“We are proud to have represented the industry at this prestigious committee and played a key part in the discussions on ENDS. We feel this reflects BAT’s long standing commitment to openly and transparently sharing our science, as well as the high quality of our research” – says Chris Proctor, Chief Scientific Officer at BAT.
Dr Marianna Gaca shared results from our recent in vitro response studies comparing the effects of cigarettes smoke aerosol with e-cigarette vapour. She presented a wide spread of data, ranging from classical regulatory toxicology assays (including cytotoxicity), to disease models for lung cancer, COPD and CVD, systems biology and Adverse Outcome Pathways (AOPs). “We believe that in vitro holds great promise as a key part of a scientific assessment framework for e-cigarettes. We have demonstrated from our data that there are significant reductions in toxicity and biological activity in vitro when cells are exposed to e-cigarette aerosol versus tobacco smoke, although further scientific research will be required”, says Dr Gaca.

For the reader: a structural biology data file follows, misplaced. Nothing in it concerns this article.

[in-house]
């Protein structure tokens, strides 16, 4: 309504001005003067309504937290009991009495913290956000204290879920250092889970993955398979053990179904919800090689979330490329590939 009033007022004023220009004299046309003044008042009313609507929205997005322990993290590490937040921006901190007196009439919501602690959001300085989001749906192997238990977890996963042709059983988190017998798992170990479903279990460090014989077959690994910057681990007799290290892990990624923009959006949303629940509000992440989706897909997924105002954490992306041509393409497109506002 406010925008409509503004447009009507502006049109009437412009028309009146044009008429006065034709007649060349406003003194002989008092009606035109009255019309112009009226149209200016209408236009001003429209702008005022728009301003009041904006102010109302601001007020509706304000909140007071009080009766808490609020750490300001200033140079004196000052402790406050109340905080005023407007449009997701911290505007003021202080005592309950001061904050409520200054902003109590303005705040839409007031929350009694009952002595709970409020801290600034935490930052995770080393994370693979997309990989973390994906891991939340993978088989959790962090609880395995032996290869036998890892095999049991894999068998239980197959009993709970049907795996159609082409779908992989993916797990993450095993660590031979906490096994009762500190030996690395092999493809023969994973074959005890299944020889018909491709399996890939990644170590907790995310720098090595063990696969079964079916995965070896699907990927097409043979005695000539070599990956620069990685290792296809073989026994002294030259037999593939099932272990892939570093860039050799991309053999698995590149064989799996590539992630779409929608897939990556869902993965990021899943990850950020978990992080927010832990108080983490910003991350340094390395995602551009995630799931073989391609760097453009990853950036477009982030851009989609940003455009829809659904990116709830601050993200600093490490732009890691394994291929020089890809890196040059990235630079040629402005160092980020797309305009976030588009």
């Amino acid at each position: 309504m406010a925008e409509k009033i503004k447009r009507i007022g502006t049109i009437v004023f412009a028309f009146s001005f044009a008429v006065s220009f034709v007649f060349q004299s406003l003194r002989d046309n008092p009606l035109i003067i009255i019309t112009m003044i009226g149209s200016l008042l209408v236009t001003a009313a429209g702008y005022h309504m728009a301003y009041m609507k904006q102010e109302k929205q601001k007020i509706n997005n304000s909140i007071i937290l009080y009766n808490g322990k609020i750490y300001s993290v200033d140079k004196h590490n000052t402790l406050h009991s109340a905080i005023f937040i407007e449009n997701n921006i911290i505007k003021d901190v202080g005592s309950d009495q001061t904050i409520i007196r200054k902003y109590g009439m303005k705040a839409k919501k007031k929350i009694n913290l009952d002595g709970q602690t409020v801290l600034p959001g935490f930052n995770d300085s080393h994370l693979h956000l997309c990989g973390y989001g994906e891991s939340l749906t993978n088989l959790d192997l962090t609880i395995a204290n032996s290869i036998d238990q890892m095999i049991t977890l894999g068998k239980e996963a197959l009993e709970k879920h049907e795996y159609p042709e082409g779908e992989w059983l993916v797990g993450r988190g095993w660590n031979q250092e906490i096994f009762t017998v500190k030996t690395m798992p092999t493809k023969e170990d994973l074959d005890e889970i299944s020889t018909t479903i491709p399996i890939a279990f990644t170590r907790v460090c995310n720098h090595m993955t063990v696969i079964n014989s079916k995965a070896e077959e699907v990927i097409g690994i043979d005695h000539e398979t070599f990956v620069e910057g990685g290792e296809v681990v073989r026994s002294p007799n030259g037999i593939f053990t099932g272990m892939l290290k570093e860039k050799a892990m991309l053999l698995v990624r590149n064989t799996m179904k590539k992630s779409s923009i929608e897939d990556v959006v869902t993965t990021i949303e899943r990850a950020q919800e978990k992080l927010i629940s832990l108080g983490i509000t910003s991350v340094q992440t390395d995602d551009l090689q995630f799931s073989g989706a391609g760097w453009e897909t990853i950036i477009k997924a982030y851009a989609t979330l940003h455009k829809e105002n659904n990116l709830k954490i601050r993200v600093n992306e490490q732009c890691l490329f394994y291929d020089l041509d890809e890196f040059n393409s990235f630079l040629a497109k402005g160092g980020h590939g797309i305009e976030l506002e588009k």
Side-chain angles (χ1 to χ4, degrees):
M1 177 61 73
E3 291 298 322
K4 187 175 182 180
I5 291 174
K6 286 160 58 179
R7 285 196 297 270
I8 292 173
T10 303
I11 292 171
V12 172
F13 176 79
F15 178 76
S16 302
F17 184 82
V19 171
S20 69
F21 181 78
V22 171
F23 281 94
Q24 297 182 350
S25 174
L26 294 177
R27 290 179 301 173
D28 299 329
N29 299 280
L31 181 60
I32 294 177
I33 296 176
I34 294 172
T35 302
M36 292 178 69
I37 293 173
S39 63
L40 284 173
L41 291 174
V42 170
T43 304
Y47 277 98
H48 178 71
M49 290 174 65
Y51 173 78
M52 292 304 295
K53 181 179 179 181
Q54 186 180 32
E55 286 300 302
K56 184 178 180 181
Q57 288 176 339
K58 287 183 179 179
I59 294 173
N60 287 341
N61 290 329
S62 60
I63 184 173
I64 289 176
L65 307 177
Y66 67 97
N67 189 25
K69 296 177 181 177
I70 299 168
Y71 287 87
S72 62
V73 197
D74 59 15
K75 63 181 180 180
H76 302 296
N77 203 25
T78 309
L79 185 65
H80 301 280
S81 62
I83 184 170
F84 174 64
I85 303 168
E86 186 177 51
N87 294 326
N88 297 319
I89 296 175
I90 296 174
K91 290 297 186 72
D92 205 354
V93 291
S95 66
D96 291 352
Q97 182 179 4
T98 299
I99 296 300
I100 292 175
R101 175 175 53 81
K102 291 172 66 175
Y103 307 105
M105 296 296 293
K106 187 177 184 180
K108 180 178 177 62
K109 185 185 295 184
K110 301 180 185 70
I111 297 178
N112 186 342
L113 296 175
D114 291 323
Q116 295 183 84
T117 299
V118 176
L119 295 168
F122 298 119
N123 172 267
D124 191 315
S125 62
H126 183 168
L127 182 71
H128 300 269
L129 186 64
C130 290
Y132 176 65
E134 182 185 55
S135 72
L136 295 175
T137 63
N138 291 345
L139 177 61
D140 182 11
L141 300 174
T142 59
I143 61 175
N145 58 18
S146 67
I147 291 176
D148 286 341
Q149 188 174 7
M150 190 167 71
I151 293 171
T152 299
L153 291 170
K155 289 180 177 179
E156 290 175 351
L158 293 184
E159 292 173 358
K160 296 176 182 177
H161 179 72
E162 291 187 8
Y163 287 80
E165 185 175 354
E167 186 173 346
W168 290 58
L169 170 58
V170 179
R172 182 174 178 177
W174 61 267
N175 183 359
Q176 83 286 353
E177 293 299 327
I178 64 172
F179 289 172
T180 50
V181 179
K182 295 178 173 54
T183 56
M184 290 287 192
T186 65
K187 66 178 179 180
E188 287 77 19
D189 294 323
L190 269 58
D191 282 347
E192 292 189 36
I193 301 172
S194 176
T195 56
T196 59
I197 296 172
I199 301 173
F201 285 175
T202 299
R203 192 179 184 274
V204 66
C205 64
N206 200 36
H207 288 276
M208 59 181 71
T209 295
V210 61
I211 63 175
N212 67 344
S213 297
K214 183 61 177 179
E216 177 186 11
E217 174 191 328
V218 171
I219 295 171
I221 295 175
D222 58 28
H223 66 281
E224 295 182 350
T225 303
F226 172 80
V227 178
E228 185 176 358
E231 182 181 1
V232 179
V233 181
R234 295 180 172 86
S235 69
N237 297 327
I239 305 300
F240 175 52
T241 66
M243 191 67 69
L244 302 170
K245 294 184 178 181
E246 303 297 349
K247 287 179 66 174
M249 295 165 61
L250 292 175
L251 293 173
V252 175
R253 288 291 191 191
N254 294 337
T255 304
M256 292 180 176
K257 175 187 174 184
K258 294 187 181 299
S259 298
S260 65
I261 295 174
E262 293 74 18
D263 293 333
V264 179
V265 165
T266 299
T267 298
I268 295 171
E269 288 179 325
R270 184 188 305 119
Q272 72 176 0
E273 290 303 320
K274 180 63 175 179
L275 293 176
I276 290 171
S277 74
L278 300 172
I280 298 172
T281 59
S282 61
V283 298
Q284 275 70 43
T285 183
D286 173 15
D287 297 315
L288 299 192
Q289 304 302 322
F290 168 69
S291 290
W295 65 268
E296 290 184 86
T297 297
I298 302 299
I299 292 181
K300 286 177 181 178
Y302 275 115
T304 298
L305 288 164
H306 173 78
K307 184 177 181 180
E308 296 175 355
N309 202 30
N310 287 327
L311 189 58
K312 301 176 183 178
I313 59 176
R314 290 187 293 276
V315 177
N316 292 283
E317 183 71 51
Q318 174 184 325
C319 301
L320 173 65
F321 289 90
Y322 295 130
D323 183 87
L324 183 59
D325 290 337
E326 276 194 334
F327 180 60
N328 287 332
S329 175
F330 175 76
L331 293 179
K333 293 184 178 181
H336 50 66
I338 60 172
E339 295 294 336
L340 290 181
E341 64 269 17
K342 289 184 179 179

Dr James Murphy’s contribution focused on the role of clinical studies in assessing the risk reduction potential of next-generation nicotine products. “We recently published our assessment framework for substantiating the risk reduction potential of ENDS, and clinical studies are absolutely fundamental to these types of frameworks”, explains Dr Murphy.
Slides from both presentations are available to view through the bat-science library .
The National Academy of Sciences (NAS) is a US-based, private, non-profit organisation that “provides objective, science-based advice on critical issues”. They openly encourage research and education whilst recognising outstanding contributions to the field of science.
Videos of all presentations can be watched on demand via the event webpage .